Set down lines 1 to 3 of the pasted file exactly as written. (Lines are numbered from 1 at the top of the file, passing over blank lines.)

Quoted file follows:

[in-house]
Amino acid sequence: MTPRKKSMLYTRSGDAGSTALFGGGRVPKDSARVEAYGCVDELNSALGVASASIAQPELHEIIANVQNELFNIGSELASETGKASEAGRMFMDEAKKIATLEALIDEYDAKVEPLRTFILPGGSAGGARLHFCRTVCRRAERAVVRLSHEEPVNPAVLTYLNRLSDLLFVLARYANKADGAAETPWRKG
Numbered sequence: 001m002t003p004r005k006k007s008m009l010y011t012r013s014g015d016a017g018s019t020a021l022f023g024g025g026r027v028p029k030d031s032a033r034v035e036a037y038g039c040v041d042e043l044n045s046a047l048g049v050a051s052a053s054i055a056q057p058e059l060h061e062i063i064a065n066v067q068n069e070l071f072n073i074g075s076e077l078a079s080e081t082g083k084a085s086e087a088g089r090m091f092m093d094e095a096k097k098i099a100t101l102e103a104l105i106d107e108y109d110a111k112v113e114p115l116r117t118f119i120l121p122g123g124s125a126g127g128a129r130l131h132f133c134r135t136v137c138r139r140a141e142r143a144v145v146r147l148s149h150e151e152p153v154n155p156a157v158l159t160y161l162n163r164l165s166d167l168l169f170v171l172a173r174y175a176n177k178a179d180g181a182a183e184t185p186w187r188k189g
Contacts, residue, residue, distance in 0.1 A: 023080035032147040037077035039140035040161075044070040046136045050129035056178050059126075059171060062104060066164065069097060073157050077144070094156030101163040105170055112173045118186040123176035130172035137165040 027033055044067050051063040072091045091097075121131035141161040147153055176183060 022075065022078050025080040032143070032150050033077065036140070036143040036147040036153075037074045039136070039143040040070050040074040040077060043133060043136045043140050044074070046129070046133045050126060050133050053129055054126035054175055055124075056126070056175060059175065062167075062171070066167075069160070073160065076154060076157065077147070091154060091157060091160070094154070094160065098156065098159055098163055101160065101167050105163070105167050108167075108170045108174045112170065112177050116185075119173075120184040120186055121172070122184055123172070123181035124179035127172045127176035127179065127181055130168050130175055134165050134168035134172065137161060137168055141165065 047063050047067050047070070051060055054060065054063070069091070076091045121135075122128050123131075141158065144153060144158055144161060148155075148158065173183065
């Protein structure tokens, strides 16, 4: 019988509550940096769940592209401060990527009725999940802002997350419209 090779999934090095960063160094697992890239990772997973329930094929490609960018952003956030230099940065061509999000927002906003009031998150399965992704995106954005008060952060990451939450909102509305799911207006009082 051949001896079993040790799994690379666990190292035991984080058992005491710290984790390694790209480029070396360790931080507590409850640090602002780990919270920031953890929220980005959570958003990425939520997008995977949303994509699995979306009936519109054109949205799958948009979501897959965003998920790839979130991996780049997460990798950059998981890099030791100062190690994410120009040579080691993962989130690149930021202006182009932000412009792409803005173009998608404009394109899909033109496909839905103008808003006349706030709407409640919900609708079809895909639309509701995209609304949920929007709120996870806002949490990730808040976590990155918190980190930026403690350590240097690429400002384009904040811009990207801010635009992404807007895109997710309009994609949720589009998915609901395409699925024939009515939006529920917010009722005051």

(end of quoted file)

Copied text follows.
[in-house]
Amino acid sequence: MTPRKKSMLYTRSGDAGSTALFGGGRVPKDSARVEAYGCVDELNSALGVASASIAQPELHEIIANVQNELFNIGSELASETGKASEAGRMFMDEAKKIATLEALIDEYDAKVEPLRTFILPGGSAGGARLHFCRTVCRRAERAVVRLSHEEPVNPAVLTYLNRLSDLLFVLARYANKADGAAETPWRKG
Numbered sequence: 001m002t003p004r005k006k007s008m009l010y011t012r013s014g015d016a017g018s019t020a021l022f023g024g025g026r027v028p029k030d031s032a033r034v035e036a037y038g039c040v041d042e043l044n045s046a047l048g049v050a051s052a053s054i055a056q057p058e059l060h061e062i063i064a065n066v067q068n069e070l071f072n073i074g075s076e077l078a079s080e081t082g083k084a085s086e087a088g089r090m091f092m093d094e095a096k097k098i099a100t101l102e103a104l105i106d107e108y109d110a111k112v113e114p115l116r117t118f119i120l121p122g123g124s125a126g127g128a129r130l131h132f133c134r135t136v137c138r139r140a141e142r143a144v145v146r147l148s149h150e151e152p153v154n155p156a157v158l159t160y161l162n163r164l165s166d167l168l169f170v171l172a173r174y175a176n177k178a179d180g181a182a183e184t185p186w187r188k189g